June 23, 2010 15:04 Age: 4 yrs

A New First Year

By: Timothy L. Hussey

Incoming students will have more choices as they plan their academic studies

First-year students will be able to exercise a little choice next year thanks to significant changes to the first-year curriculum approved by the faculty this spring. Changes include the addition of a new required first-year course in Legislation and Regulation and the creation of an elective course option during the second semester.

“The legal profession has changed in innumerable ways over the past few years. We saw the need to pursue curricular reforms that would better position our students in this new marketplace and help prepare them to make an immediate impact in the practice of law upon graduating,” says David F. Partlett, dean and Asa Griggs Candler Professor of Law.

The new Legislation and Regulation course introduces first-year students to the central role of legislatures and administrative agencies in the practice of law today. The course is a primary building block for Constitutional Law, Administrative Law, Legislation and a number of specialized upper-level courses.

“Today’s practicing attorneys operate in a world where regulations and legal statutes are as important, or even more important in some cases, than decisions made by the courts,” Partlett says. “The addition of the Legislation and Regulation course exposes our students to the critical role this aspect of law will play in their future practice.”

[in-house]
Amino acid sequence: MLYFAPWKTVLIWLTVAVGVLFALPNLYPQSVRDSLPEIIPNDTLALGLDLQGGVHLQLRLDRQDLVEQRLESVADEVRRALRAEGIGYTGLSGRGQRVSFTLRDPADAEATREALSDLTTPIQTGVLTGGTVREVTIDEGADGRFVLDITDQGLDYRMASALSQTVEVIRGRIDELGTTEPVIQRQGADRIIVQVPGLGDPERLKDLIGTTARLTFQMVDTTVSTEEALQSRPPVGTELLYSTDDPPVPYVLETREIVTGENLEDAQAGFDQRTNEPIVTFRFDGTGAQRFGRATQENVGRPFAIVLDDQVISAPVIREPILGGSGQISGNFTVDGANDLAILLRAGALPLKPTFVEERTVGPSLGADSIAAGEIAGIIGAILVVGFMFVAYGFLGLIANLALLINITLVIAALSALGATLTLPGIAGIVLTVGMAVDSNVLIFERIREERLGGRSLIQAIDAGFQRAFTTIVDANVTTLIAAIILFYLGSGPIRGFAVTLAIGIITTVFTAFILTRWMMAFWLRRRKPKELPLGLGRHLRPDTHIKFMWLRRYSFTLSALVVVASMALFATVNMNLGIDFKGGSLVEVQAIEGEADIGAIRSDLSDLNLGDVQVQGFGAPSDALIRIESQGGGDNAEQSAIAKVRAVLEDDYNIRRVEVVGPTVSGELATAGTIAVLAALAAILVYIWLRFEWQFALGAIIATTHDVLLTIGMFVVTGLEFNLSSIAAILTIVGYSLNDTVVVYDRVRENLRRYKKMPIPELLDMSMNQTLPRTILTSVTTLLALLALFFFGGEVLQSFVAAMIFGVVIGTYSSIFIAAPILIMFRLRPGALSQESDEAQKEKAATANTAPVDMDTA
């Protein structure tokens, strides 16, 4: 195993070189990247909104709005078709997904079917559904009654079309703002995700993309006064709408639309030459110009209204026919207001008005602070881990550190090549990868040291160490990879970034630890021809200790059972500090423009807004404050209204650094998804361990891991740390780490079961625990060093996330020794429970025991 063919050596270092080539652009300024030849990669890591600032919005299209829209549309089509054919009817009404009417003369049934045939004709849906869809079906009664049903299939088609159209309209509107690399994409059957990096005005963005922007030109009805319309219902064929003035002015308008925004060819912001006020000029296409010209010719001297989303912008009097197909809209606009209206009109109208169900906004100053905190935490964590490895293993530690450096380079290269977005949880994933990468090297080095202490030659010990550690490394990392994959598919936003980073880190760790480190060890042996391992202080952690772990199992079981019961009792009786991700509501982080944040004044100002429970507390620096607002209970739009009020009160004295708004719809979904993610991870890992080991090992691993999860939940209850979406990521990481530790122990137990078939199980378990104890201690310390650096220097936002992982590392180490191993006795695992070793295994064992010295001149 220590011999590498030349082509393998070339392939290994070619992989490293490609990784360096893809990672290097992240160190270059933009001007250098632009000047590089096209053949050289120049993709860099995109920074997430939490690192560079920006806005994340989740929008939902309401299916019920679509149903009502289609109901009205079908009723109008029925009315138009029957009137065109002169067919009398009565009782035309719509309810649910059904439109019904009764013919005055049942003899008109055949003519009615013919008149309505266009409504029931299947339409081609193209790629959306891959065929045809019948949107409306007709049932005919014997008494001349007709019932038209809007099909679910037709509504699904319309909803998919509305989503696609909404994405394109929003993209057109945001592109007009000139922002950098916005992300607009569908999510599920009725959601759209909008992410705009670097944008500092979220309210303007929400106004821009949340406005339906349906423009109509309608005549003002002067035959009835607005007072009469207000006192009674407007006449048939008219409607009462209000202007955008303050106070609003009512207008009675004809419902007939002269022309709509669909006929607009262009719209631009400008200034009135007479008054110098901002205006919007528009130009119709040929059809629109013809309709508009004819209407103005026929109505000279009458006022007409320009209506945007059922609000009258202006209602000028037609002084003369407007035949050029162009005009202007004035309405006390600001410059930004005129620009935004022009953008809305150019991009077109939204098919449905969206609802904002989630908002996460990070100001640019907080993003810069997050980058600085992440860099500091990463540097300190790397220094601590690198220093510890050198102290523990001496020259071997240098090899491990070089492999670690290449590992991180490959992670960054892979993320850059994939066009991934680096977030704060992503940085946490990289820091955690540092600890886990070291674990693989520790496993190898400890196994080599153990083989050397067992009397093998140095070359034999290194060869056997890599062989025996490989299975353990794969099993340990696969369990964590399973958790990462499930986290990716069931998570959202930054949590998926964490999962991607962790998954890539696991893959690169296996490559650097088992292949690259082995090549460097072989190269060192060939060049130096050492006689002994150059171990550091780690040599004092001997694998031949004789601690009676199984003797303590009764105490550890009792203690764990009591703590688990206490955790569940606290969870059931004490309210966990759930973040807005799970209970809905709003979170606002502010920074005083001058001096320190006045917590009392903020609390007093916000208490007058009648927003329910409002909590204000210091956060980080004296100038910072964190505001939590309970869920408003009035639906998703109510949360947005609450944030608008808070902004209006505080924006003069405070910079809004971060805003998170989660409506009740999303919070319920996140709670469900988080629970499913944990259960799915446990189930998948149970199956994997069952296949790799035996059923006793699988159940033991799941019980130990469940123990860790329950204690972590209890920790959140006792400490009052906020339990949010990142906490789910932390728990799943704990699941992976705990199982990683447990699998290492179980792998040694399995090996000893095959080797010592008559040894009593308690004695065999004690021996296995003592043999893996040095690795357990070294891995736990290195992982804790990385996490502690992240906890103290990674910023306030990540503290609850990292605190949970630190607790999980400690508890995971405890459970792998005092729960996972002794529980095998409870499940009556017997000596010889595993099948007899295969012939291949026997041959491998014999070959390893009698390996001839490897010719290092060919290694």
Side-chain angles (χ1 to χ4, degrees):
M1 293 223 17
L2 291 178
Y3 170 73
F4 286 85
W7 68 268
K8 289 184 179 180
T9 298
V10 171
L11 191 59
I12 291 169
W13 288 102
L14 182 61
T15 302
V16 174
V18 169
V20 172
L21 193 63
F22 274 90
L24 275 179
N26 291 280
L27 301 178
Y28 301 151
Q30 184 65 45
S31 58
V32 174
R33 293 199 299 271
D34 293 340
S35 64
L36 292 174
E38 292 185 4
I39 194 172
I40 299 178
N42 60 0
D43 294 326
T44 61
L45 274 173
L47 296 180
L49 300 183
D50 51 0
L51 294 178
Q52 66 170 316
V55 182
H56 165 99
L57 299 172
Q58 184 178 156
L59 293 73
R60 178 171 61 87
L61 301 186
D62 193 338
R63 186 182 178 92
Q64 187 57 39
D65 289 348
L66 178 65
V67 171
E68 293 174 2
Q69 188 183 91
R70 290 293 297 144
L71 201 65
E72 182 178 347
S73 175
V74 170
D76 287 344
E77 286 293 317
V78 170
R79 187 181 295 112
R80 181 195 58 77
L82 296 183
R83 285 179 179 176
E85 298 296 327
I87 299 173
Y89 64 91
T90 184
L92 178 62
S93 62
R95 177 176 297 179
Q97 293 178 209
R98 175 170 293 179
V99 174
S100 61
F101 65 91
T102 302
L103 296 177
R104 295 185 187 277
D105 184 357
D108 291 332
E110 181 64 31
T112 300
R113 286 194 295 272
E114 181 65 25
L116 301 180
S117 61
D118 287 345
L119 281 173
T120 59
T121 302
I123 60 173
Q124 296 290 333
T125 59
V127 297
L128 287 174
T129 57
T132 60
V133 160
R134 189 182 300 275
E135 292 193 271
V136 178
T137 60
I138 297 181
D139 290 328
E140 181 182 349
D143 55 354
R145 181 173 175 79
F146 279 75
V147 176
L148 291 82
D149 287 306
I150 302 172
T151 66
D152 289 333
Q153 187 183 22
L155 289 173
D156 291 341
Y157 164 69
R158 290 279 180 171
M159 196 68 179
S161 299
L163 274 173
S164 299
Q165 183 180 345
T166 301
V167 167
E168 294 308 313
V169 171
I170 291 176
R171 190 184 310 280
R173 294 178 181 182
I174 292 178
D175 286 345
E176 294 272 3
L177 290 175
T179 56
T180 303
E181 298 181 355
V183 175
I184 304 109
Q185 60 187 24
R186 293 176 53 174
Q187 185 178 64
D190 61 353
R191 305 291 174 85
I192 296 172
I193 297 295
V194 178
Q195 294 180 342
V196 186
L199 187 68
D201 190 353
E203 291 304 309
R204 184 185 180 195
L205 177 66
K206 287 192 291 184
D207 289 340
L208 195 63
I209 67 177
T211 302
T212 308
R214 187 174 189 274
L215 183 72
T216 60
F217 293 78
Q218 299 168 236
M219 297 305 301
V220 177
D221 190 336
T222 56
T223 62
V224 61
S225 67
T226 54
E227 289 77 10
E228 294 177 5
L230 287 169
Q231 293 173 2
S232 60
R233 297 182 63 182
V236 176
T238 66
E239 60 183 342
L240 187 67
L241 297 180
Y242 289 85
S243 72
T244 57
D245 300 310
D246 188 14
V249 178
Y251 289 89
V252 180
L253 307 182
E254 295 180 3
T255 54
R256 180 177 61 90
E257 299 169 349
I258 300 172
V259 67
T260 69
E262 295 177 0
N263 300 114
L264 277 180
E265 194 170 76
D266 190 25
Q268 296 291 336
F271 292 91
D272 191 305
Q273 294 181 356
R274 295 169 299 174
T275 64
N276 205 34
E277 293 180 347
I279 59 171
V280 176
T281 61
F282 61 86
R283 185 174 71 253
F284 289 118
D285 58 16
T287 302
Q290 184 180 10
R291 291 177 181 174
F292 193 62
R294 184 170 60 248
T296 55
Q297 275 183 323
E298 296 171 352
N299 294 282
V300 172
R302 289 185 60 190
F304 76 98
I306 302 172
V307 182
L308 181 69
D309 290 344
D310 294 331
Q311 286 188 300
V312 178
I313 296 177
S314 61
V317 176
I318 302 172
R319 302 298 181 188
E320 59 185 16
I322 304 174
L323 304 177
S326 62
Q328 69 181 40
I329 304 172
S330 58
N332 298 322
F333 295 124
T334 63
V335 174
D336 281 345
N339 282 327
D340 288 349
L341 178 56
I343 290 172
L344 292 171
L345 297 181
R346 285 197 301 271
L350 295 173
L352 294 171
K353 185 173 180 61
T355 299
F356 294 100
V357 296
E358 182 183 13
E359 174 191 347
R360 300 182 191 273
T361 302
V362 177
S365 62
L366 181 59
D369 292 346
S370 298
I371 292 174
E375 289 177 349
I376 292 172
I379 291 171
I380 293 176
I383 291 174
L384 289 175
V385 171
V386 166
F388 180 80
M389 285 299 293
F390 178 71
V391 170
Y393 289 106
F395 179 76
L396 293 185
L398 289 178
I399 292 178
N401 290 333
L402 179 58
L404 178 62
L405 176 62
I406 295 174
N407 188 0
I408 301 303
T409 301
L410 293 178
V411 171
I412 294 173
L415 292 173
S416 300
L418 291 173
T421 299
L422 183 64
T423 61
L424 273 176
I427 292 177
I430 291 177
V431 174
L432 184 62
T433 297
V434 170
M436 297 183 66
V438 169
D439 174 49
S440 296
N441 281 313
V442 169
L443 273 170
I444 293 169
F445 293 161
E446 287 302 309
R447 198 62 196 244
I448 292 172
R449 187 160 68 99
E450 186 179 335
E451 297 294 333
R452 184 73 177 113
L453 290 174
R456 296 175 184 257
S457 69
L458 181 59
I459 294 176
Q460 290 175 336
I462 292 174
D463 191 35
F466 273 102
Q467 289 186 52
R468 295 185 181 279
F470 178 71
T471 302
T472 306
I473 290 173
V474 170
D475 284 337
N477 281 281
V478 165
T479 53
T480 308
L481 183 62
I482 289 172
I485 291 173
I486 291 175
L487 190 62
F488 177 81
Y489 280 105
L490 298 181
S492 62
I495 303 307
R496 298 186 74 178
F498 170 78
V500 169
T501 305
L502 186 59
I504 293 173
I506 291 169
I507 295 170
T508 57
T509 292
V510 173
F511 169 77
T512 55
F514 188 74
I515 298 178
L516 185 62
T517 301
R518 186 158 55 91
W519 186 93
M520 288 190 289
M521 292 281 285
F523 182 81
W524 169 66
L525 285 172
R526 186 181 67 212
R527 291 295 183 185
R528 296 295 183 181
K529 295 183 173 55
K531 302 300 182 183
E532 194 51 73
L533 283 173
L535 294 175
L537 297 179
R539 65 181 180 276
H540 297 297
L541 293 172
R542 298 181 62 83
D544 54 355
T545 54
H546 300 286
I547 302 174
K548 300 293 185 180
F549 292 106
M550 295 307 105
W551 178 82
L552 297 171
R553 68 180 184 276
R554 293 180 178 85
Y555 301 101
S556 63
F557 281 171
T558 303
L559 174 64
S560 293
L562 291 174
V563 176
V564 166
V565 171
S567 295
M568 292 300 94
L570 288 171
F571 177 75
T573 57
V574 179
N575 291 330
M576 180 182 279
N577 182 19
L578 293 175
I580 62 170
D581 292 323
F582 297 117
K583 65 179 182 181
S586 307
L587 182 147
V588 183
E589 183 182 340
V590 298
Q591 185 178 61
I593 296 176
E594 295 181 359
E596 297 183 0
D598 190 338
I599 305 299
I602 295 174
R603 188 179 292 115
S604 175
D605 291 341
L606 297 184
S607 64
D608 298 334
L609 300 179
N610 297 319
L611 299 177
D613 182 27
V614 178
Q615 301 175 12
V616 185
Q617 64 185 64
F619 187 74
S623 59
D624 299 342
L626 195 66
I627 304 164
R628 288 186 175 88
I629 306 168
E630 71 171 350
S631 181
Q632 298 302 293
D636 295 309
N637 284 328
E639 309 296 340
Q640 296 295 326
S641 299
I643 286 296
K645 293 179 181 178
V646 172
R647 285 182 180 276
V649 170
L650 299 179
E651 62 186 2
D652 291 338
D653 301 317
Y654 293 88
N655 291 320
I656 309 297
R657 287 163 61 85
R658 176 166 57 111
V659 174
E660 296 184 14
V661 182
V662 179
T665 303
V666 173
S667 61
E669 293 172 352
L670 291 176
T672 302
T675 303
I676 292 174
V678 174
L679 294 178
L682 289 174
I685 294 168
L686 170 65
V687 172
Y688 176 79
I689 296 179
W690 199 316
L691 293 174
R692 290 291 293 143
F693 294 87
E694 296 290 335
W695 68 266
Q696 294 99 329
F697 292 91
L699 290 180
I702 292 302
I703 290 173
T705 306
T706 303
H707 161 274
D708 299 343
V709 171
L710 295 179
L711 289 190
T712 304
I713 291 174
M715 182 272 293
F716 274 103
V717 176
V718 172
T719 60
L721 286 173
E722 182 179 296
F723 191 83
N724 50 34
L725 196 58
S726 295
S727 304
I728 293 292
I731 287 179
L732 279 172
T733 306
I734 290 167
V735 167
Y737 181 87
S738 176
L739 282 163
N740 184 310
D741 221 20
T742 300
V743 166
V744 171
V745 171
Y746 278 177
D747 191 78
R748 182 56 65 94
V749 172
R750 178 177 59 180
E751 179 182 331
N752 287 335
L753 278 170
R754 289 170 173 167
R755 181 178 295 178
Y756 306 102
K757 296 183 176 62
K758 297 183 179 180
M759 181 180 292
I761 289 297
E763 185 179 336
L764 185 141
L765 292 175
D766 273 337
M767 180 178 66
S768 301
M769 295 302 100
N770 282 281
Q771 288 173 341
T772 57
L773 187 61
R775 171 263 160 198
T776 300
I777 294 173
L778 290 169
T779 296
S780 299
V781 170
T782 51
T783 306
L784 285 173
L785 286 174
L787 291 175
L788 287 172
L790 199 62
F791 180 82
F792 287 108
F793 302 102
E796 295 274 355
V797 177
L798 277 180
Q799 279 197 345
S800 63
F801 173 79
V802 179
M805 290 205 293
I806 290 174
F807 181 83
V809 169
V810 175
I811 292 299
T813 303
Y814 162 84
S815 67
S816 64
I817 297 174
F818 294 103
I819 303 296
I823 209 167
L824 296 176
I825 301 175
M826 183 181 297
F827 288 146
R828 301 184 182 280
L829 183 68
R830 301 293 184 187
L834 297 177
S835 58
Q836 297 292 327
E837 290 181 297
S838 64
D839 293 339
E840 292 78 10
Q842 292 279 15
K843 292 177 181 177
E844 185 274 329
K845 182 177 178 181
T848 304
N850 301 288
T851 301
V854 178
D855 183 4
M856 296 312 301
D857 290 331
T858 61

Emory Law prepares students for practice by helping them discern their legal path. By creating the first-year elective option, the curriculum committee is giving students the option to explore areas of possible legal interest or get a head start on an area of interest.

“One of the more unique features of the Emory Law curriculum is the availability to our first-year students of an elective course in the second semester,” says Timothy P. Terrell, professor of law and chair of the curriculum committee. “This unusual early opportunity for individual choice allows our students to begin pursuing special interests even as the basics of legal education are being stressed.”

The list of elective courses offered will change from year to year. These courses will be offered as “building blocks” for more specialized legal study.

“In their first year, law students are put in the same classes, with the same students, and focus on the same type of law….” says Stacy Tolos 10L, the student representative to the curriculum committee. “The elective will allow students to take at least one class that they are very interested in, thus providing them with much needed autonomy and choice. Exposure to a new subject of interest in the first year also will help students to choose their upper level courses more carefully and deliberately.”

Other changes include the reduction of Civil Procedure from a two-semester, six-credit-hour offering to a one-semester, four-credit-hour course. The faculty approved elimination of the Legal Methods course, which will be subsumed by existing courses.

The new course requirements take effect in August for the Class of 2013.

Hussey is Emory Law’s senior director of marketing and communications.

List: <- Back to: News Releases